I believe the intent of the sacrament of Reconciliation in the Catholic Church is restorative justice—returning the individual to God, to their faith community, and to their best selves. Asking people to “confess” what they have gotten wrong in their relationships is an important first step. I hope that we Christians will find the courage to take the example of Jesus seriously and think about how we can make all the justice we seek restorative, especially for the “least of these.”

Richard ROhr OFM – cac.org

Howard Zehr, has written some of the foundational texts on restorative justice, including Changing Lenses: Restorative Justice for Our Times. In the 25th anniversary edition of this text, Zehr includes practices to help us live restorative justice as a way of life.

Ten Ways to Live Restoratively

  1. Take relationships seriously, envisioning yourself in an interconnected web of people, institutions, and the environment.
     
  2. Try to be aware of the impact—potential as well as actual—of your actions on others and the environment.
     
  3. When your actions negatively impact others, take responsibility by acknowledging and seeking to repair the harm—even when you could probably get away with avoiding or denying it.
     
  4. Treat everyone respectfully, even those you don’t expect to encounter again, even those you feel don’t deserve it, even those who have harmed or offended you or others.
     
  5. Involve those affected by a decision, as much as possible, in the decision-making process.
     
  6. View the conflicts and harms in your life as opportunities.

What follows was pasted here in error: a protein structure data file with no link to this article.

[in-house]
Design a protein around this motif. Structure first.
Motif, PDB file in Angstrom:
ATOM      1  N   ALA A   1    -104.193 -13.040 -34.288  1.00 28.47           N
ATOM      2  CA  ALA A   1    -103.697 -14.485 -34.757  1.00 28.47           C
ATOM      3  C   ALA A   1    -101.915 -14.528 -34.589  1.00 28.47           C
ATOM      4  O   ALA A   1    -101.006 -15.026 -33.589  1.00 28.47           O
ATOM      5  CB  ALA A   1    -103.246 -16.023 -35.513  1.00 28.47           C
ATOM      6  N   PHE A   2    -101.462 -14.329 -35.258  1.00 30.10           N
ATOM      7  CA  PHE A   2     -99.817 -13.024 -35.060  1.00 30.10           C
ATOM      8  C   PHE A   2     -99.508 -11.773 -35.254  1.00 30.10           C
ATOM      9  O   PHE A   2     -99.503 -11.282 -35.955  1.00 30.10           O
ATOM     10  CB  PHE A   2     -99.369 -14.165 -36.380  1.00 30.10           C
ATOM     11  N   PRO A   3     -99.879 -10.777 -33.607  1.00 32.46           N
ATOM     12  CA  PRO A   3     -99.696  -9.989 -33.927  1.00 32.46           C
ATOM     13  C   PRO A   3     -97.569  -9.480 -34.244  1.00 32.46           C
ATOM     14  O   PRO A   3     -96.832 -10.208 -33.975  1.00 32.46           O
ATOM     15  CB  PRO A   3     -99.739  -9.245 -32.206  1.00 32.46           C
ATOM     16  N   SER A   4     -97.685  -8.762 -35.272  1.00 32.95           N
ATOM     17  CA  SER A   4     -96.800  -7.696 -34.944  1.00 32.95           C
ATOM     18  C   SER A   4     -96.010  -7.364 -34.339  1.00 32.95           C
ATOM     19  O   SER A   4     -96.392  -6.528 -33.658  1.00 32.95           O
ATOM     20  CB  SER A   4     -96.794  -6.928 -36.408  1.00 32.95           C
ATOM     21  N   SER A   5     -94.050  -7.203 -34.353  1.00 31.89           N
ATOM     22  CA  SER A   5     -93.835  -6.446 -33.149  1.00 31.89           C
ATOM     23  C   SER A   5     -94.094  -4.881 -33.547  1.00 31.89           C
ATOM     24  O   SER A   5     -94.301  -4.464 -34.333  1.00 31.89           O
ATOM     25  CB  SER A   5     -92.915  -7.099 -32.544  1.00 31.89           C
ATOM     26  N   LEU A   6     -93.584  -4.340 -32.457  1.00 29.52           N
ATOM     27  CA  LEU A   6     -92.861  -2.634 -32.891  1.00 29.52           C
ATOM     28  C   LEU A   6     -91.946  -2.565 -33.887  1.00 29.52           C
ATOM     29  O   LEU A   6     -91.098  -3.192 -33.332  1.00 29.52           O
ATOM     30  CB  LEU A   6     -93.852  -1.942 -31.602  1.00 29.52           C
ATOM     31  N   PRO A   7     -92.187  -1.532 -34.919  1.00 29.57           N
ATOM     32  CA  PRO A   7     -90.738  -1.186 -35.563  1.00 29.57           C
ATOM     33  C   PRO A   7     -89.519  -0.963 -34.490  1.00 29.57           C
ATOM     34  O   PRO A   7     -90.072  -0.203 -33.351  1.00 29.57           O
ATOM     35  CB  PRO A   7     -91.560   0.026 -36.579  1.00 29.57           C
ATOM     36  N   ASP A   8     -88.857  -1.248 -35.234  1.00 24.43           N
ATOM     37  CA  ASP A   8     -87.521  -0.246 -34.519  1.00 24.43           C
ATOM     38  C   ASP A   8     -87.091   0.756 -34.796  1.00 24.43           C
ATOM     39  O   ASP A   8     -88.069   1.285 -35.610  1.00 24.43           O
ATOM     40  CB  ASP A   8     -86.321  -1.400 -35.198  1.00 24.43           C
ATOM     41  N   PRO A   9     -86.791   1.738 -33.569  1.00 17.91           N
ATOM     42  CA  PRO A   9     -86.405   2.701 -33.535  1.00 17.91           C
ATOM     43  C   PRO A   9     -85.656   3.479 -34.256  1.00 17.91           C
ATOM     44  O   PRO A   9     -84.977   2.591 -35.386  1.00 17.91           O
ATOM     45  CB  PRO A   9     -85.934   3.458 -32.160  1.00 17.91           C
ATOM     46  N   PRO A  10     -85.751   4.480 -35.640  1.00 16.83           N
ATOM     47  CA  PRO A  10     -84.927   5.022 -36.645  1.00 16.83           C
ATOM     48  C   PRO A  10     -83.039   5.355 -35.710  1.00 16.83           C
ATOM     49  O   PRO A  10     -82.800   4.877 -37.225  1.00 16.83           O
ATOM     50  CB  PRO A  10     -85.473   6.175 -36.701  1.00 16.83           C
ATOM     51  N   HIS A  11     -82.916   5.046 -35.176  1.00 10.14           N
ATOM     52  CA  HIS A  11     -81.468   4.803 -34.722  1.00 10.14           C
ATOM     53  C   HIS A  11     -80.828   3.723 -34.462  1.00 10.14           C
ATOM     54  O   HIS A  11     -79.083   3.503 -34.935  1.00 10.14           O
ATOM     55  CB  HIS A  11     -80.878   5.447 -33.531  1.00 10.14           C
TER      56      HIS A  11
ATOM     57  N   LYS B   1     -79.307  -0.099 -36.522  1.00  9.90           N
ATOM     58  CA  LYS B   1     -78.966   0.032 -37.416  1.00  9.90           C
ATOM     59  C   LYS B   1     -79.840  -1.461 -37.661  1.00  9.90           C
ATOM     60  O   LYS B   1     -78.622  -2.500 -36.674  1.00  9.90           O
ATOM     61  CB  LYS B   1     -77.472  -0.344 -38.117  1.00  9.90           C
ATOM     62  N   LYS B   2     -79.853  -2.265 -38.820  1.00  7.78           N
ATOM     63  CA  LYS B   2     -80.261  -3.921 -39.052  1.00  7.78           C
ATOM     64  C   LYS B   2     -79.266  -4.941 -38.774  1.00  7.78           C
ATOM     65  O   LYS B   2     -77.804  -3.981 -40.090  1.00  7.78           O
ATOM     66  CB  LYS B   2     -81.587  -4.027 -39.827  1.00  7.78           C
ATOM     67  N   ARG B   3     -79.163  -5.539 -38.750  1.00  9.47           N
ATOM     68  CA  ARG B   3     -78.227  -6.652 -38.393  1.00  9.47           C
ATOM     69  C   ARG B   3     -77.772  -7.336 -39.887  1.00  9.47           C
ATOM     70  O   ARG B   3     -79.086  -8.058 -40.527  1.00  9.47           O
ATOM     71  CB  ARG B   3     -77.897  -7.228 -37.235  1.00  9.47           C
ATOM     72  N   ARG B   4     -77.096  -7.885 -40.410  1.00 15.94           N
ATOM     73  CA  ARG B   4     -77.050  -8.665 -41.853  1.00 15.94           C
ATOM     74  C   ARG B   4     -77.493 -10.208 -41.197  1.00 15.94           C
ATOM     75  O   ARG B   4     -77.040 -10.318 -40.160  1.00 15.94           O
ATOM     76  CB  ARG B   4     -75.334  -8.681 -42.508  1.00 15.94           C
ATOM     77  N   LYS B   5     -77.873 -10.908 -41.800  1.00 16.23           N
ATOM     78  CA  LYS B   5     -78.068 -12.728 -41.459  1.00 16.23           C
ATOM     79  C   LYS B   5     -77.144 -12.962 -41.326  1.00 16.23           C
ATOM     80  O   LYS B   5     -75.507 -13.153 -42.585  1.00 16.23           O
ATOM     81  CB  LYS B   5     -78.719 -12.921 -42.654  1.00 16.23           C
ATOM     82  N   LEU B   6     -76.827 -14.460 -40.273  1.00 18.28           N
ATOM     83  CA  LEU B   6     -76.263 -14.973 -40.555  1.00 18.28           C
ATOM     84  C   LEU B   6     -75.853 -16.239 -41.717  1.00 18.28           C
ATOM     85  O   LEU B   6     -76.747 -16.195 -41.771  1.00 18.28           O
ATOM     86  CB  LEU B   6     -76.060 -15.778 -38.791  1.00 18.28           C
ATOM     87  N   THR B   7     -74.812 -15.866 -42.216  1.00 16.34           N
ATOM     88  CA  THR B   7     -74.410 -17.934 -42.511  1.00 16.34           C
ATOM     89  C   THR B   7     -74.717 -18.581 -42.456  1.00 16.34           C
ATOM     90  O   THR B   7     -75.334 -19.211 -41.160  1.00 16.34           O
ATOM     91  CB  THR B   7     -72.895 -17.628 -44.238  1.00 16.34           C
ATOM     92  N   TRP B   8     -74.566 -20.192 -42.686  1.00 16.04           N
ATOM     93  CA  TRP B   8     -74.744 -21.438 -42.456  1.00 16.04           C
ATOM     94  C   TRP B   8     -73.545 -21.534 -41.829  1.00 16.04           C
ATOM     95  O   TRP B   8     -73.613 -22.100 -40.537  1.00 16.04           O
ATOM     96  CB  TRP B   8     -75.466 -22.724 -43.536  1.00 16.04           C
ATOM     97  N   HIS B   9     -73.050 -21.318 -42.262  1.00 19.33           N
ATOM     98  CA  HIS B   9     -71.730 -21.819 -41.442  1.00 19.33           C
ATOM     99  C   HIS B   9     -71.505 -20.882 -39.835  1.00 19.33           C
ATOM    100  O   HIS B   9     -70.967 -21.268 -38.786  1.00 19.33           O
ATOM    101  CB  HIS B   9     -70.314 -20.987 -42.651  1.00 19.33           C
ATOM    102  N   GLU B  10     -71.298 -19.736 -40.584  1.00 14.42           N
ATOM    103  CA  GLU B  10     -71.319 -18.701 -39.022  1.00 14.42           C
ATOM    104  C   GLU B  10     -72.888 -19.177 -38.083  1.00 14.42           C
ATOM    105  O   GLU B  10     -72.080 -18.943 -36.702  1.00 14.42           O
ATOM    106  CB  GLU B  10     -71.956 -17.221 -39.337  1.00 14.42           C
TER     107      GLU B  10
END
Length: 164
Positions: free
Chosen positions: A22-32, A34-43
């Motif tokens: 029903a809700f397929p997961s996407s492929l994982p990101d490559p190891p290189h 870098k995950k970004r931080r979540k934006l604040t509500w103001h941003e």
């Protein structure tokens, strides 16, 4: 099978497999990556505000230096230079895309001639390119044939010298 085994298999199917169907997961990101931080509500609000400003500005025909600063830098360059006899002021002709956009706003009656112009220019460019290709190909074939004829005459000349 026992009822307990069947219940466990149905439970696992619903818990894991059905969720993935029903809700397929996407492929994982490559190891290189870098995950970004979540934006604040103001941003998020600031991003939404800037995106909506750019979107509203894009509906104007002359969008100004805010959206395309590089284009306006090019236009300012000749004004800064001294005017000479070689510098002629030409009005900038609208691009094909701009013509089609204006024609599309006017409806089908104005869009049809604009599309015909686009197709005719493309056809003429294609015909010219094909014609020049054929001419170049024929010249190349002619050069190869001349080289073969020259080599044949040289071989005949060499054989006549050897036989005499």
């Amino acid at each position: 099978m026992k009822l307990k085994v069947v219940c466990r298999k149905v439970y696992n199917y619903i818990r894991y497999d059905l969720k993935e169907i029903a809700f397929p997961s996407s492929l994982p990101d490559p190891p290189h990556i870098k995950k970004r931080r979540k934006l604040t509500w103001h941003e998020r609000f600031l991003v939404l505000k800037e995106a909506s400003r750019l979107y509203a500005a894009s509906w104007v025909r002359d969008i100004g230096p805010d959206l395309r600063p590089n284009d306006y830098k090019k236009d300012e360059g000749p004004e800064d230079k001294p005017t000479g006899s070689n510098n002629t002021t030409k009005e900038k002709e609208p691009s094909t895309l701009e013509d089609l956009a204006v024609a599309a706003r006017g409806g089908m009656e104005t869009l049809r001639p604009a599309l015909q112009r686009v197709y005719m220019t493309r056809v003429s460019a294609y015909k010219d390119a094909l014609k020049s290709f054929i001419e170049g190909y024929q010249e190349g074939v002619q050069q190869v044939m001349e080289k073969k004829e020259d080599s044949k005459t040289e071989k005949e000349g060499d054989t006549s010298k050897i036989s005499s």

7. Listen, deeply and compassionately, to others, seeking to understand even if you don’t agree with them. (Think about who you want to be in the latter situation rather than just being right.)
     
  8. Engage in dialogue with others, even when what is being said is difficult, remaining open to learning from them and the encounter.
     
  9. Be cautious about imposing your “truths” and views on other people and situations.
     
  10. Sensitively confront everyday injustices including sexism, racism, and classism [and other examples of systemic and intersectional injustice].

Howard Zehr, Changing Lenses: Restorative Justice for Our Times (Herald Press: ©1990, 2015), 257—258.


Close the time of Prayer with the Our Father

Our Father, who art in heaven,
hallowed be thy name;
thy kingdom come,
thy will be done
on earth as it is in heaven.
Give us this day our daily bread,
and forgive us our trespasses,
as we forgive those who trespass against us;
and lead us not into temptation,
but deliver us from evil.

Take a moment now to bring to mind those you want to share peace with, family, friends, those where your relationship is broken.

Deliver us, Lord, we pray, from every evil,
graciously grant peace in our days,
that, by the help of your mercy,
we may be always free from sin
and safe from all distress,
as we await the blessed hope
and the coming of our Saviour, Jesus Christ. Amen

Additional Resources

Fr. Kieran O’Mahony offers a scriptural analysis on the Readings in Written or on Videohttps://youtu.be/1qFXWBI3i54


The Spirit of God is seeking to create a newness in our lives, that calls us to a fresh wholeness that requires much letting go of what we have known, and co-creating with God an undreamt-of future for our church, for our world and for ourselves. This does not mean forgetting the past, which has brought us to the present.

The Gospel life is about a new future in God. In an incarnational, evolutionary universe nothing is complete and God is still creating. We are a central part of this creation which is happening in our midst.